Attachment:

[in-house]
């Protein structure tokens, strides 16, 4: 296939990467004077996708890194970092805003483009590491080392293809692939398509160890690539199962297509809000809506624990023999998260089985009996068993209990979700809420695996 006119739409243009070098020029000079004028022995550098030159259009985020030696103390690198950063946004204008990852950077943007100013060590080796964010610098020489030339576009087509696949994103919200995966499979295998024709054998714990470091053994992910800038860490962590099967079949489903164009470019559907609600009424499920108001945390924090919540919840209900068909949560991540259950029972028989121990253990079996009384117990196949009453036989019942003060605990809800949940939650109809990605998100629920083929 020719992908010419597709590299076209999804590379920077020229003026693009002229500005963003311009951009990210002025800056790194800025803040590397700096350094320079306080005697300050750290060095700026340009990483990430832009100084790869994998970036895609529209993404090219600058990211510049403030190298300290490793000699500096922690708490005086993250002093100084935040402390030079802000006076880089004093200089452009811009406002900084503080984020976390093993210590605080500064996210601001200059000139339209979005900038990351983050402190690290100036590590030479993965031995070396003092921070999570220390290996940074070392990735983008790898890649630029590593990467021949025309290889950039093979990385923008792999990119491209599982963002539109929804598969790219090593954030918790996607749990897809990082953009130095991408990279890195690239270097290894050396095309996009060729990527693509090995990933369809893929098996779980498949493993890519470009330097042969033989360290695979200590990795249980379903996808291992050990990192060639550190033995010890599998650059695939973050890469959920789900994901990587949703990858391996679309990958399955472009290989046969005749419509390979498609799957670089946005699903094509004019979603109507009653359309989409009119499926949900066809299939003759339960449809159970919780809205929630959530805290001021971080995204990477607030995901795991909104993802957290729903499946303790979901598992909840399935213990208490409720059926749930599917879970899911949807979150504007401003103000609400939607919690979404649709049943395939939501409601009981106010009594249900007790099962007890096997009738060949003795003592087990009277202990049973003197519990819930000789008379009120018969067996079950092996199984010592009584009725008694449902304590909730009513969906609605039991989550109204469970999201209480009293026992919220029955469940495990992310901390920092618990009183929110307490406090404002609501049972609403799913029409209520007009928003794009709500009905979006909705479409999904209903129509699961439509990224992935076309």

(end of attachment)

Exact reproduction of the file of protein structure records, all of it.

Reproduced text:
[in-house]
């Protein structure tokens, strides 16, 4: 296939990467004077996708890194970092805003483009590491080392293809692939398509160890690539199962297509809000809506624990023999998260089985009996068993209990979700809420695996 006119739409243009070098020029000079004028022995550098030159259009985020030696103390690198950063946004204008990852950077943007100013060590080796964010610098020489030339576009087509696949994103919200995966499979295998024709054998714990470091053994992910800038860490962590099967079949489903164009470019559907609600009424499920108001945390924090919540919840209900068909949560991540259950029972028989121990253990079996009384117990196949009453036989019942003060605990809800949940939650109809990605998100629920083929 020719992908010419597709590299076209999804590379920077020229003026693009002229500005963003311009951009990210002025800056790194800025803040590397700096350094320079306080005697300050750290060095700026340009990483990430832009100084790869994998970036895609529209993404090219600058990211510049403030190298300290490793000699500096922690708490005086993250002093100084935040402390030079802000006076880089004093200089452009811009406002900084503080984020976390093993210590605080500064996210601001200059000139339209979005900038990351983050402190690290100036590590030479993965031995070396003092921070999570220390290996940074070392990735983008790898890649630029590593990467021949025309290889950039093979990385923008792999990119491209599982963002539109929804598969790219090593954030918790996607749990897809990082953009130095991408990279890195690239270097290894050396095309996009060729990527693509090995990933369809893929098996779980498949493993890519470009330097042969033989360290695979200590990795249980379903996808291992050990990192060639550190033995010890599998650059695939973050890469959920789900994901990587949703990858391996679309990958399955472009290989046969005749419509390979498609799957670089946005699903094509004019979603109507009653359309989409009119499926949900066809299939003759339960449809159970919780809205929630959530805290001021971080995204990477607030995901795991909104993802957290729903499946303790979901598992909840399935213990208490409720059926749930599917879970899911949807979150504007401003103000609400939607919690979404649709049943395939939501409601009981106010009594249900007790099962007890096997009738060949003795003592087990009277202990049973003197519990819930000789008379009120018969067996079950092996199984010592009584009725008694449902304590909730009513969906609605039991989550109204469970999201209480009293026992919220029955469940495990992310901390920092618990009183929110307490406090404002609501049972609403799913029409209520007009928003794009709500009905979006909705479409999904209903129509699961439509990224992935076309």